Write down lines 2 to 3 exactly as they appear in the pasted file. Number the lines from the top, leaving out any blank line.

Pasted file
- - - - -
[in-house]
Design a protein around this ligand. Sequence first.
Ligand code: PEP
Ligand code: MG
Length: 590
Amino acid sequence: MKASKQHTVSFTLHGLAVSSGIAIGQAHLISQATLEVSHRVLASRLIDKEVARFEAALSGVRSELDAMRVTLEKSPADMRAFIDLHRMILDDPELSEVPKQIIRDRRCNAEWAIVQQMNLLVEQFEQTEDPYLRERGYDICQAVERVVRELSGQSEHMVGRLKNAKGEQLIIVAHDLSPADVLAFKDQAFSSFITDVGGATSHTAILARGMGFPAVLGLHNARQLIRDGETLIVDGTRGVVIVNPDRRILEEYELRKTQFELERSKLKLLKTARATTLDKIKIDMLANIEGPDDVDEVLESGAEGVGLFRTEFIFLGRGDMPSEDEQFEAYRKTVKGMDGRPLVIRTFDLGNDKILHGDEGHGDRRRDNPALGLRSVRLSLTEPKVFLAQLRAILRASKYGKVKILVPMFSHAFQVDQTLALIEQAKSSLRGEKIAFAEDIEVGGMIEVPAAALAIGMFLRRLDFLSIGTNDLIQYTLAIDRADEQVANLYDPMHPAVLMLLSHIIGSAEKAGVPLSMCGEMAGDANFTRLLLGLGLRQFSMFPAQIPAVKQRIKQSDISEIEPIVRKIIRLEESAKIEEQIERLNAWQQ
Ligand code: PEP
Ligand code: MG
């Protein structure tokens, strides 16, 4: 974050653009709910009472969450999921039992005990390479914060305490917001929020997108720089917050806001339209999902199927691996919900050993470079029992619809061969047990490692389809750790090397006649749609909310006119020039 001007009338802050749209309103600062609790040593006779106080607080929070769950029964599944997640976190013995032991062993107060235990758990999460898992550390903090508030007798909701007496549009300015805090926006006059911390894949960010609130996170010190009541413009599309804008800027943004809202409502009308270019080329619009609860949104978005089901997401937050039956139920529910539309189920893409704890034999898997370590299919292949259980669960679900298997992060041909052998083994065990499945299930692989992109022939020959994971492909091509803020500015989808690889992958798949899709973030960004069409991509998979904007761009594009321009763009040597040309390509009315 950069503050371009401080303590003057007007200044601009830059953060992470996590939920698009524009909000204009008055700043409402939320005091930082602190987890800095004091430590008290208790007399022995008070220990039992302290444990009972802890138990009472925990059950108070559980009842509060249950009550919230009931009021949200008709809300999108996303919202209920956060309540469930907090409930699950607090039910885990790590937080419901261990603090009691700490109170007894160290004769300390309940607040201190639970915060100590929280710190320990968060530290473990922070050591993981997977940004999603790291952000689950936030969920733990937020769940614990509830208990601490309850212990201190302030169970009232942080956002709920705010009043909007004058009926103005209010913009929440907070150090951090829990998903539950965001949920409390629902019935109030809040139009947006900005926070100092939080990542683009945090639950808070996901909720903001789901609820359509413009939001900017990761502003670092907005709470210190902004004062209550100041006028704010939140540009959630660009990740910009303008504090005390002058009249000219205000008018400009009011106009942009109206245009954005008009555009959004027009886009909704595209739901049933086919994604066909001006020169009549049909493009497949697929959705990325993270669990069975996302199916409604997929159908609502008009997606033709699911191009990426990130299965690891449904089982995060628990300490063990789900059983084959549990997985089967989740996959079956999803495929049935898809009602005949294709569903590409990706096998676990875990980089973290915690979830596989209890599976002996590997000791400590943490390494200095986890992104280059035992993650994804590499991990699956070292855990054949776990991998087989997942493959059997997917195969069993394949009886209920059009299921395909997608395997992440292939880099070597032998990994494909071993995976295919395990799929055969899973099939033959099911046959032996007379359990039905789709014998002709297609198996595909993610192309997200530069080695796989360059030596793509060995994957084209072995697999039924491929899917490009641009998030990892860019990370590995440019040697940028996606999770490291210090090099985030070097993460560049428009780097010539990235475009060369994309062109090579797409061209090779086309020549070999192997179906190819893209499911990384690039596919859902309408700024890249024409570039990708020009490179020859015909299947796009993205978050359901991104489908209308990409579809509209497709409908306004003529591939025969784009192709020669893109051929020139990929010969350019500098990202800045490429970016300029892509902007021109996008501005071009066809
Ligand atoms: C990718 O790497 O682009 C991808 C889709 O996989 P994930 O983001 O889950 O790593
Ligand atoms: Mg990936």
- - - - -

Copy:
Design a protein around this ligand. Sequence first.
Ligand code: PEP